Deadly Texas flooding continues: more rain in the forecast

Flooding in Marble Falls, Texas on October 16, 2018. (Photo: KXAN-TV)

The steady stream of heavy rain the past several days across central Texas is fading a bit, but more flooding is possible and river levels are being managed.

 Llano River levels.  (Source: NOAA)
Llano River levels. (Source: NOAA)

Kingsland, about 50 miles northwest of Austin, is one of the areas hit the hardest. Some people who live there have lost everything. The town lies on the banks of the Llano River which swelled almost 30 feet in 24 hours. By Tuesday morning it was close to the record flood stage of 41.5, feet based on the gauge at the town of Llano, about 15 miles upstream. The water rose so high and was moving so fast toward Kingsland that it washed out the FM 2900 bridge which crosses the Llano River and LBJ Lake.

According to WXAN-TV, a woman’s body was found on Tuesday along the Colorado River between Kingsland and Granite Shoals. On Wednesday a body of an adult woman was found near a low water crossing in Llano, about 15 miles upstream from Kingsland. The bodies of three men who may have died in the flood waters have also been found.

Meteorologists at the National Weather Service office in Austin/San Antonio aren’t calling for non-stop rain the next few days, but occasional showers are in the forecast and could be heavy at times. Any more rain falling onto the saturated soils will lead to excess runoff which could cause more flooding, especially near creeks, streams, and smaller rivers.

In order to better control the river levels, the Lower Colorado River Authority LCRA) opened eight flood gates at Buchanan Dam on Wednesday. This is about 5.5 miles north of Kingsland. Lake Buchanan is 97% full, but LCRA doesn’t expect it to rise today.

Lake Travis is at its highest level in 11 years, its fifth-highest level on record, is 140% full, and is expected to rise to 705 to 710 feet by Friday, October 19. LCRA began opening floodgates at Mansfield and Tom Miller dams at noon on October 16. One floodgate was opened at noon, a second floodgate was opened at 2 p.m., a third floodgate was opened at 4 p.m. and a fourth floodgate was opened at 7 p.m.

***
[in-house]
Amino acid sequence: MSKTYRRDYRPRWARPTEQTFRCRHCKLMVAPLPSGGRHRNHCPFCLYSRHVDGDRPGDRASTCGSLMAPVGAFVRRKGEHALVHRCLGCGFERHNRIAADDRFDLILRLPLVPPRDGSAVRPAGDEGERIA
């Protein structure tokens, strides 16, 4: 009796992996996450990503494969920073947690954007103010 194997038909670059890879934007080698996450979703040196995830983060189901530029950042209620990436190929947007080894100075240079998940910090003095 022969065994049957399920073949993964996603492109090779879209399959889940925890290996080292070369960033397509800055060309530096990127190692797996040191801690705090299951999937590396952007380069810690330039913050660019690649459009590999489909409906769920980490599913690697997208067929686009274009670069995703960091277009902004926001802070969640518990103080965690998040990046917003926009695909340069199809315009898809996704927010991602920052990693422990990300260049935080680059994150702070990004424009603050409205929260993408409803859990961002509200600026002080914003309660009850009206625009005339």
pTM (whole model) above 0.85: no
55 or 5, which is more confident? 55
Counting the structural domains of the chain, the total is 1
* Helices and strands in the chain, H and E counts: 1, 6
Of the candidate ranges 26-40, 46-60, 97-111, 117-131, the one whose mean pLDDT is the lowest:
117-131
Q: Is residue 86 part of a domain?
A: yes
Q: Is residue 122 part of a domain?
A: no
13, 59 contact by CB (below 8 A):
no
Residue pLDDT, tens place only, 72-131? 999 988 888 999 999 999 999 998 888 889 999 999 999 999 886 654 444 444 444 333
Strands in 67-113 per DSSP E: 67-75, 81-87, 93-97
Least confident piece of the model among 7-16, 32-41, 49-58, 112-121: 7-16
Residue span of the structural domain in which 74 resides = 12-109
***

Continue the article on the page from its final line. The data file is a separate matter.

Given current forecasts, LCRA doesn’t plan to open additional floodgates at Mansfield Dam today. However, up to four additional floodgates might be opened in the coming days. This would be a record eight floodgates open at Mansfield Dam, two more than the number opened during the 1957 floods.

One bit of good news is that the Llano River has fallen below flood the flood stage of 10 feet, but so much damage has already been done. Now all people can do is clean up, rebuild, and try to get their lives back together.


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Nick Austin, Director of Weather Analytics and Senior Meteorologist

In his 17 years of weather forecasting experience, Nick worked on air at WBBJ-TV and WRCB-TV, including time spent doing weather analysis and field reporting. He received his Bachelor of Science in Meteorology from Florida State University as well as a Bachelor of Science in Management from Georgia Institute of Technology. Nick is also a member of the American Meteorological Society and National Weather Association. As a member of the weather team at WBBJ-TV in Jackson, Tennessee, Nick was nominated for a Mid-South Emmy for live coverage of a major tornado outbreak in 2008. As part of the weather team at WRCB-TV in Chattanooga, Tennessee, Nick shared the Chattanooga Times-Free Press Best of the Best award for “Best Weather Team” for eight consecutive years. Nick earned his National Weather Association Broadcasting Seal in 2005.